Wednesday, 19 August 2015
I stand here to make my valedictory speech with an immense sense of gratitude. First, I am grateful for this opportunity to put a few things on the record and to say some much needed thankyous.
As many people already know, I have made a decision to step aside from my position as a senator for South Australia after only four years due to an illness in my family. It was not an easy decision to make, but it is the right one. I am also very grateful for the opportunity I have had to be the 546th Australian senator since 1901. It is an opportunity very few Australians have. Through some great luck in 2010, it fell to me to be the second Greens senator for South Australia and the 95th senator elected to represent my state. I sincerely thank the South Australians who trusted me with their vote and I hope they feel I have vindicated their faith in me. So it has been four short years and four very long years since I first came into this place. It has flown by, but it also seems a lifetime ago that I made my first speech on 17 August 2011. I am definitely older and a bit greyer. I remember someone telling me that Senate years are like dog years: each year in the Senate is like seven ordinary years, and I am sure that is right. It has been an amazing journey.
When I first started, people asked me what it was like. I used to respond that it was equal parts exhilarating and terrifying. Most would understand, but occasionally someone would ask, 'Why?' and I would answer: 'Well, imagine you start a new job'—everyone can relate to that—'and then imagine it is not one job but at least four. You are a policy maker, a salesperson, a media performer and a manager, but there is no job description and you are doing all of this on a stage with half the audience hoping you will fall off.' But, as we here all know, it is a job like no other. It is very creative, we make of it what we will and we make of it who we are.
For a stickybeak like me, a great aspect of this work has been the unique right that we have as senators to completely ignore our mothers' advice to mind our own business. Instead, we can indulge our curiosity, stick our noses into everyone else's business, invite ourselves to places, ask questions and find out things, and most people welcome it. I am prepared to admit there might be some notable exceptions—witnesses on Senate inquiries into tax avoidance spring to mind!—but of course we then need to turn that information to a purpose and do good in the world. The Senate committees are just a formal example of that, so I was very lucky to chair the Legal and Constitutional Affairs References Committee for close to four years as well as having a stint on the Parliamentary Joint Committee on Law Enforcement in my early days and as the Greens representative on the Parliamentary Joint Committee for Human Rights since it was first established in 2012.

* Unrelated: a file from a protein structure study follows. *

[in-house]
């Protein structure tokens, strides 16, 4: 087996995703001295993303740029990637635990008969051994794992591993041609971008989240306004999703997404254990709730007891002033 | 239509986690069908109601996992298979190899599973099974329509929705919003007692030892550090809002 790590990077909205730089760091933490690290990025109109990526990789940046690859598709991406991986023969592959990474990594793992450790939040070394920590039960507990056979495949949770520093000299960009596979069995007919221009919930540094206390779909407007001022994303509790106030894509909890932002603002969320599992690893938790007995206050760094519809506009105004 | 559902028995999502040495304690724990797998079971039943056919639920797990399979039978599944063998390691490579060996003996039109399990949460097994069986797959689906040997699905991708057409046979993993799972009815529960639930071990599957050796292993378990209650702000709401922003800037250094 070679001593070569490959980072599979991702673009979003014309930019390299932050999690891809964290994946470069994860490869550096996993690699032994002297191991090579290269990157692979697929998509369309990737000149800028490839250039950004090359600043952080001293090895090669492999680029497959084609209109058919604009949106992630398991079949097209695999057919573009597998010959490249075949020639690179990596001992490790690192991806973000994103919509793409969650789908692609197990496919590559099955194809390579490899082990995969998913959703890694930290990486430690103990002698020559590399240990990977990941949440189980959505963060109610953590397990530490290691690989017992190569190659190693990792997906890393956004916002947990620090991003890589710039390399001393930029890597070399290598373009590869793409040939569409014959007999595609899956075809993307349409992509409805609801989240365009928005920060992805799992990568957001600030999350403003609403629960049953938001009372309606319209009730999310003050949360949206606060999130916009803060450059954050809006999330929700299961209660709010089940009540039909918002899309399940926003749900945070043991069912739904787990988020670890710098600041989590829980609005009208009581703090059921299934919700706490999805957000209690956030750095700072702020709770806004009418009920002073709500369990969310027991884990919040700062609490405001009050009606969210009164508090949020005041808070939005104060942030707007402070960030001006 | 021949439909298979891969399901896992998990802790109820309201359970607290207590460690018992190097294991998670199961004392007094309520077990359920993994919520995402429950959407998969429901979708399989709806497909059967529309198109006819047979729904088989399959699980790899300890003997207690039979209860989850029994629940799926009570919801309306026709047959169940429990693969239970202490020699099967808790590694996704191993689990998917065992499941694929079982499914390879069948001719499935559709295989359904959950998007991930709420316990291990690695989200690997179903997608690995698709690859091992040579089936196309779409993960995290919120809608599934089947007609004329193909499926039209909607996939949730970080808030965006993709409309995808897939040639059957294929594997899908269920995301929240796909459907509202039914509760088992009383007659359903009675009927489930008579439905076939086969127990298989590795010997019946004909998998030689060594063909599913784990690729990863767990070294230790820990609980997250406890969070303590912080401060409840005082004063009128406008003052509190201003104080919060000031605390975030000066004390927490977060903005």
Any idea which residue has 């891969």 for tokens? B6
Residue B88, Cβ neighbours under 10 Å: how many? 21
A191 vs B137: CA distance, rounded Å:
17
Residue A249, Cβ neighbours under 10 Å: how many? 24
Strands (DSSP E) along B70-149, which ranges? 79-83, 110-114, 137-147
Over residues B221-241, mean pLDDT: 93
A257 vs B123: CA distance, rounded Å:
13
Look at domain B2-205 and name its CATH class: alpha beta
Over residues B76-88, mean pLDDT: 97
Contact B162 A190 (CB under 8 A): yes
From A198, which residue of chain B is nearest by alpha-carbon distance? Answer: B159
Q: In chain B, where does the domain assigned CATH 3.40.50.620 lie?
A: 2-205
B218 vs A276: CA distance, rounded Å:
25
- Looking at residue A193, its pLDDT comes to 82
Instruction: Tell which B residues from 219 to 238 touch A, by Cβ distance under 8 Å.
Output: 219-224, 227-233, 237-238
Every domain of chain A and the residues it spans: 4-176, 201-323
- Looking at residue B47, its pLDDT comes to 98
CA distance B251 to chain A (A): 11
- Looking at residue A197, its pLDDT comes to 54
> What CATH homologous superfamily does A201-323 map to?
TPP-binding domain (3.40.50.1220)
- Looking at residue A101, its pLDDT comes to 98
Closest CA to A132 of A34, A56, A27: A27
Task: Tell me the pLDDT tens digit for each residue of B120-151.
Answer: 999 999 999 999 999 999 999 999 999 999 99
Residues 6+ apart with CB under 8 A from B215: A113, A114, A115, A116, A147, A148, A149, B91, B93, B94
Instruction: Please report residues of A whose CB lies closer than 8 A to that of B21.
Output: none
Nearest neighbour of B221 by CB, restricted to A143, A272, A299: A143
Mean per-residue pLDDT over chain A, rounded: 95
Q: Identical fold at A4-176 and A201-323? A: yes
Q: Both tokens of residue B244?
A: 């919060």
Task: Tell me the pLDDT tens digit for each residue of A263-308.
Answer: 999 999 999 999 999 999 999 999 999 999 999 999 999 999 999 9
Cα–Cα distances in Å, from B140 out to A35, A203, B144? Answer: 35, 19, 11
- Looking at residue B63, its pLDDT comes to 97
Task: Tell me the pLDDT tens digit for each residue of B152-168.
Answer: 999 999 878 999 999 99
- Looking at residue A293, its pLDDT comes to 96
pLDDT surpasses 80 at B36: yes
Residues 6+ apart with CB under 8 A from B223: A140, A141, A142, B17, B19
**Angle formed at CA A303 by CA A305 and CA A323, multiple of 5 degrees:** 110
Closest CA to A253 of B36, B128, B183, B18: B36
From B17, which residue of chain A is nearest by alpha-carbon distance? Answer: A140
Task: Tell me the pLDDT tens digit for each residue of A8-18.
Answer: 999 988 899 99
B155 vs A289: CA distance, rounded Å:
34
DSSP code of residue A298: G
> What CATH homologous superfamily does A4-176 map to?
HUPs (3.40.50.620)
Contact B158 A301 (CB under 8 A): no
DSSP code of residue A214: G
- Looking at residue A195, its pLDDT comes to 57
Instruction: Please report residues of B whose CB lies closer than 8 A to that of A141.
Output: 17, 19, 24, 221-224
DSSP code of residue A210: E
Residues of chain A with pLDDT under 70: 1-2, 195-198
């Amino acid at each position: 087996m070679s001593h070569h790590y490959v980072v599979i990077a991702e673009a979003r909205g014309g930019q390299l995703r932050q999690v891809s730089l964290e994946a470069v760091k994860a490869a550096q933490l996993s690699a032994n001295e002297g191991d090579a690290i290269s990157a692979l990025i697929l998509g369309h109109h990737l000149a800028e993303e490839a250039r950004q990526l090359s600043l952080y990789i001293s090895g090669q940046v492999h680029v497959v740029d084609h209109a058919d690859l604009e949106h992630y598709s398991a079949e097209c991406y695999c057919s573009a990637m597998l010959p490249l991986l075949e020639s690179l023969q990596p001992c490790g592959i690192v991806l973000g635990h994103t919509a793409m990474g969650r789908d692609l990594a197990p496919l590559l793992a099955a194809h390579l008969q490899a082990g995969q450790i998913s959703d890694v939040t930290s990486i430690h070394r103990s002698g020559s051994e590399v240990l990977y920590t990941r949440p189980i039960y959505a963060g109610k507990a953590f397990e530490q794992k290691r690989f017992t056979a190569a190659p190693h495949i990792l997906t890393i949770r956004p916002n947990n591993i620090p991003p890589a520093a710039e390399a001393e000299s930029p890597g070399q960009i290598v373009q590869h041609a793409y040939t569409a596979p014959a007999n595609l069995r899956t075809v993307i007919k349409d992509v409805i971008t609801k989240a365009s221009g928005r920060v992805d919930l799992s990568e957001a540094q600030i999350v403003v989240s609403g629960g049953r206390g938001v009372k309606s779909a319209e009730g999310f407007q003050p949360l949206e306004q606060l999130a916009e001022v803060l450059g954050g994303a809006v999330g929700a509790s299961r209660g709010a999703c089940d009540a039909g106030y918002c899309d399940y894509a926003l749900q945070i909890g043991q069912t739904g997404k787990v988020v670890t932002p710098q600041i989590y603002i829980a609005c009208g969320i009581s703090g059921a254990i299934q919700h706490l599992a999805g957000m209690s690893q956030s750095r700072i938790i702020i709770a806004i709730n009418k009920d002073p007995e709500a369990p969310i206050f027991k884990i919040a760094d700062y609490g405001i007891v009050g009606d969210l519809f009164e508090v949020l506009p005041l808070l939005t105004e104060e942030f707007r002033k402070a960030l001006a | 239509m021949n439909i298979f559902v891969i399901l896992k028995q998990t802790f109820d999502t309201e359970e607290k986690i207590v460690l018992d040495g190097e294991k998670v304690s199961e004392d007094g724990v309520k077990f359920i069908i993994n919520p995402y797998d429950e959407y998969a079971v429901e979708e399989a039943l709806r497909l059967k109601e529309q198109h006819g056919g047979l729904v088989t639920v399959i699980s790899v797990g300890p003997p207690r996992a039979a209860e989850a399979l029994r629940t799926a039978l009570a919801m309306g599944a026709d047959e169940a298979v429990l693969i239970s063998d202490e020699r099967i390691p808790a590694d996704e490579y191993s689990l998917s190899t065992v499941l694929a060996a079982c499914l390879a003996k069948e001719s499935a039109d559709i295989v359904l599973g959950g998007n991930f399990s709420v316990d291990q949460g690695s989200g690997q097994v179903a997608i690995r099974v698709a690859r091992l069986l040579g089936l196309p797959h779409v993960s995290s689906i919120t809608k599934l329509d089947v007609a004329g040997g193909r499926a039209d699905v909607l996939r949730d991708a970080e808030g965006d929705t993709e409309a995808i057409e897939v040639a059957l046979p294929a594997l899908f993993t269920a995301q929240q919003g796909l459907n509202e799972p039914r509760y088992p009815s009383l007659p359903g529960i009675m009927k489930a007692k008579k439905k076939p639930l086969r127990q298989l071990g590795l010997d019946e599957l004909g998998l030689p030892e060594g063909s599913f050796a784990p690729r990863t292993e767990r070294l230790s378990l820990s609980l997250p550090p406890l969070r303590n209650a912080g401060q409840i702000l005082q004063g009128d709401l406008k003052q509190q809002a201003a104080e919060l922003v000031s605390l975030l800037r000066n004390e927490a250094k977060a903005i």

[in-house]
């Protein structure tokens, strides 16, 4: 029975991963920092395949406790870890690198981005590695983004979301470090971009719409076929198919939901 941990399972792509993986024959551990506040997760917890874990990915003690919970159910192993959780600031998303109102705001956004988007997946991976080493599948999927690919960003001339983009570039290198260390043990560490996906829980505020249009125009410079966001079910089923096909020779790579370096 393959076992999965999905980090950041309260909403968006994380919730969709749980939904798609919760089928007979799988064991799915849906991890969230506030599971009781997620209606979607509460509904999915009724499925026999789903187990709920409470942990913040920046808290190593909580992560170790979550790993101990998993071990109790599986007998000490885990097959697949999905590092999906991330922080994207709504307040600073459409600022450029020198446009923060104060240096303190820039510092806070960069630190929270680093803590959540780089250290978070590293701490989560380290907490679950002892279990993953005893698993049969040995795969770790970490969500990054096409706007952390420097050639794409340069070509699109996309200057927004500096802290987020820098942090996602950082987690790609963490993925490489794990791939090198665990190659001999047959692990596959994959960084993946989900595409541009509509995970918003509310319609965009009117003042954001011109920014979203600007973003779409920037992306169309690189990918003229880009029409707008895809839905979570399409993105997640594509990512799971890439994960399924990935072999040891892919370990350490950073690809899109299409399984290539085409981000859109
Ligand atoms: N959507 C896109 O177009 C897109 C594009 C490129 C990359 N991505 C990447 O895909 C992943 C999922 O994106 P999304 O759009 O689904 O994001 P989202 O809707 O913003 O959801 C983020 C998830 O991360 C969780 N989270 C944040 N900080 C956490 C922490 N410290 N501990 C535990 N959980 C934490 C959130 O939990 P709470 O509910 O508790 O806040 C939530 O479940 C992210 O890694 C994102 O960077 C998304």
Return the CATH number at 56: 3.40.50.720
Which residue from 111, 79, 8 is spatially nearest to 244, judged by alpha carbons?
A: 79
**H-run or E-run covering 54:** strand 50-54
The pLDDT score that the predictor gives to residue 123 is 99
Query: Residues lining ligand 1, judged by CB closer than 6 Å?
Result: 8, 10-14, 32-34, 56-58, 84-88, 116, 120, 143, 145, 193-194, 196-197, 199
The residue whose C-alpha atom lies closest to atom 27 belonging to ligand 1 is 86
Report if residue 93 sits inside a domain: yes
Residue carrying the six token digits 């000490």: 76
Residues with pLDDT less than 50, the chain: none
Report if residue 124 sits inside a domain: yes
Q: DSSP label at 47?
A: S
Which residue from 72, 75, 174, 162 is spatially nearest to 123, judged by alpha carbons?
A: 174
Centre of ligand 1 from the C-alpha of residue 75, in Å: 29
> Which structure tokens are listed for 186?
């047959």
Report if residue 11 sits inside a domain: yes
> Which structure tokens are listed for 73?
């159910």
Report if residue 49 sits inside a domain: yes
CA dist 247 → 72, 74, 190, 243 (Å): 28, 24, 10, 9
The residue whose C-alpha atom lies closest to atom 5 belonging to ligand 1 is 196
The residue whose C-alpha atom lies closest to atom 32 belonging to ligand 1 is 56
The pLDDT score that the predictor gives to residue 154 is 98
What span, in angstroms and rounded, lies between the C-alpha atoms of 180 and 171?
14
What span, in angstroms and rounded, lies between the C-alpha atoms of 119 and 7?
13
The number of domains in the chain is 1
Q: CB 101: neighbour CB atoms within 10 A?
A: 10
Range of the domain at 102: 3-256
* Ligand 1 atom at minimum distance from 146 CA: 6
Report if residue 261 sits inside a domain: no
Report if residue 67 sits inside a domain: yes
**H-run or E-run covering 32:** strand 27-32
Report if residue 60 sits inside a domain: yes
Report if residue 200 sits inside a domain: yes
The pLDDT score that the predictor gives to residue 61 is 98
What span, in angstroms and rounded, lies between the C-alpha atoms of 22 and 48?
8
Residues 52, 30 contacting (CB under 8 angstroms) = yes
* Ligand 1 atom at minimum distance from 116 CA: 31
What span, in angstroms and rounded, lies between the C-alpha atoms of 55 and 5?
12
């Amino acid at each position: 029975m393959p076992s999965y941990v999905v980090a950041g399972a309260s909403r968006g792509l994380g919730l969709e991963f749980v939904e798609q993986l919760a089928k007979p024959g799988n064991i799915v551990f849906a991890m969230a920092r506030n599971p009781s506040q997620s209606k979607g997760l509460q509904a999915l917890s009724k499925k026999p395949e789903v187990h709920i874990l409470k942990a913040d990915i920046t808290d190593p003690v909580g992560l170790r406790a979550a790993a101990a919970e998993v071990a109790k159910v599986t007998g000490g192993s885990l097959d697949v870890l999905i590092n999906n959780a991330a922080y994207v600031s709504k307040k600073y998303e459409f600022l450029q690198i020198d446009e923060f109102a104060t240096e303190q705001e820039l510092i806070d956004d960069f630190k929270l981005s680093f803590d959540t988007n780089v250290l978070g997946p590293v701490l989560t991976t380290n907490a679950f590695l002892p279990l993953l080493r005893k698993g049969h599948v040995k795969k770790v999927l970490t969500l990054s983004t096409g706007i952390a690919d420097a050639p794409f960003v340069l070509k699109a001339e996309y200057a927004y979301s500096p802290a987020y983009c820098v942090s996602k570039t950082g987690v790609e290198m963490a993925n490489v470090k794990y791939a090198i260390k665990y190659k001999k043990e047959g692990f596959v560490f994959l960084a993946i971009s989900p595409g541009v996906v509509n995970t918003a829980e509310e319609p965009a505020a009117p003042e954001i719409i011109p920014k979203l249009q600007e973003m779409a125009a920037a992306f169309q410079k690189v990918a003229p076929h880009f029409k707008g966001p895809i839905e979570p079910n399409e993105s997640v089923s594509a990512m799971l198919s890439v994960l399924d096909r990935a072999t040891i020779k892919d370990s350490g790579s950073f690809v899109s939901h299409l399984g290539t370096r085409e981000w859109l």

Legal and con inquiries have covered a multitude of topics from court fees to forced marriages, but there are two which particularly stand out in my memory. One looked into the death of Reza Barati, the 23-year-old Iranian man who died a lonely death after a riot on Manus Island. He as the same age as my daughter. This was one of the hardest inquiries I have chaired, facing up each day to hear evidence that was very hard to process. I have never forgotten that, while we go about our daily lives with our families and with our friends, there are men living there on Manus Island, day after day, without any prospect at all that things will get better.
The other inquiry I am most proud of was the legal and con consideration of the value of a justice reinvestment approach to criminal justice in Australia which looked into our patently failing system of law enforcement and asked, 'What changes can we make to reduce the number of aboriginal Australians being locked up in our jails?' They are some of the most imprisoned peoples in the world. I took heart from this inquiry because it demonstrated to me that exposure to ideas and new information can change minds and views. It is not a novel idea, I will admit, but reassuring all the same. Perhaps we do not see the evidence of that in here—and I count myself in that as much as anyone—as much as we would like to. But some of those who were sceptical about the notion of the inquiry at the start came to warmly endorse the principle of justice reinvestment by the end. This issue is unfinished business for me. I want to see our systems change to tackle the causes of crime and I want to see the amazing results in Australia that justice reinvestment has achieved in the US: less people in jail, stronger communities.